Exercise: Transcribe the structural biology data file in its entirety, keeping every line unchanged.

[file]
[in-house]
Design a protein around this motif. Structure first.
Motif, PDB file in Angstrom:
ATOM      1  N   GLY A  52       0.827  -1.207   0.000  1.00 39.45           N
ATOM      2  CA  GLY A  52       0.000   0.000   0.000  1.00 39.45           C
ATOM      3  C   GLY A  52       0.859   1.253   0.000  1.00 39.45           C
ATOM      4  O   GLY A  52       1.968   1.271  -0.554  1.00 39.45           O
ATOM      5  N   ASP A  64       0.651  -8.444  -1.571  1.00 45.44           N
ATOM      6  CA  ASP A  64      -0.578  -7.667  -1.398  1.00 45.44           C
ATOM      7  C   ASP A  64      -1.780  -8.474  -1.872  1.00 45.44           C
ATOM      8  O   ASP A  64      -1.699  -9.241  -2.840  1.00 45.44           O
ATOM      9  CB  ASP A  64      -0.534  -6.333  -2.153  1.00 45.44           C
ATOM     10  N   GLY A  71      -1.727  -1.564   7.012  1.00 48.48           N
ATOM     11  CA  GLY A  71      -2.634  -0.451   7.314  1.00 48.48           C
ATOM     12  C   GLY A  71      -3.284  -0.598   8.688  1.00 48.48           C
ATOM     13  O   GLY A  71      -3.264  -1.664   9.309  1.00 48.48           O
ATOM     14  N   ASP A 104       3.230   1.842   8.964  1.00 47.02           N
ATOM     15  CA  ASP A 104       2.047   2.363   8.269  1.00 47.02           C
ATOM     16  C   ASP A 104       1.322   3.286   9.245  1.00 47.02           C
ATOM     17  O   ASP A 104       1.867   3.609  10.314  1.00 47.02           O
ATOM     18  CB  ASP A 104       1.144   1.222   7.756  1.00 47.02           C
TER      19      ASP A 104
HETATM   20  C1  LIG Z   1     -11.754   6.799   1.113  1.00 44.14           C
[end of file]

[in-house]
Design a protein around this motif. Structure first.
Motif, PDB file in Angstrom:
ATOM      1  N   GLY A  52       0.827  -1.207   0.000  1.00 39.45           N
ATOM      2  CA  GLY A  52       0.000   0.000   0.000  1.00 39.45           C
ATOM      3  C   GLY A  52       0.859   1.253   0.000  1.00 39.45           C
ATOM      4  O   GLY A  52       1.968   1.271  -0.554  1.00 39.45           O
ATOM      5  N   ASP A  64       0.651  -8.444  -1.571  1.00 45.44           N
ATOM      6  CA  ASP A  64      -0.578  -7.667  -1.398  1.00 45.44           C
ATOM      7  C   ASP A  64      -1.780  -8.474  -1.872  1.00 45.44           C
ATOM      8  O   ASP A  64      -1.699  -9.241  -2.840  1.00 45.44           O
ATOM      9  CB  ASP A  64      -0.534  -6.333  -2.153  1.00 45.44           C
ATOM     10  N   GLY A  71      -1.727  -1.564   7.012  1.00 48.48           N
ATOM     11  CA  GLY A  71      -2.634  -0.451   7.314  1.00 48.48           C
ATOM     12  C   GLY A  71      -3.284  -0.598   8.688  1.00 48.48           C
ATOM     13  O   GLY A  71      -3.264  -1.664   9.309  1.00 48.48           O
ATOM     14  N   ASP A 104       3.230   1.842   8.964  1.00 47.02           N
ATOM     15  CA  ASP A 104       2.047   2.363   8.269  1.00 47.02           C
ATOM     16  C   ASP A 104       1.322   3.286   9.245  1.00 47.02           C
ATOM     17  O   ASP A 104       1.867   3.609  10.314  1.00 47.02           O
ATOM     18  CB  ASP A 104       1.144   1.222   7.756  1.00 47.02           C
TER      19      ASP A 104
HETATM   20  C1  LIG Z   1     -11.754   6.799   1.113  1.00 44.14           C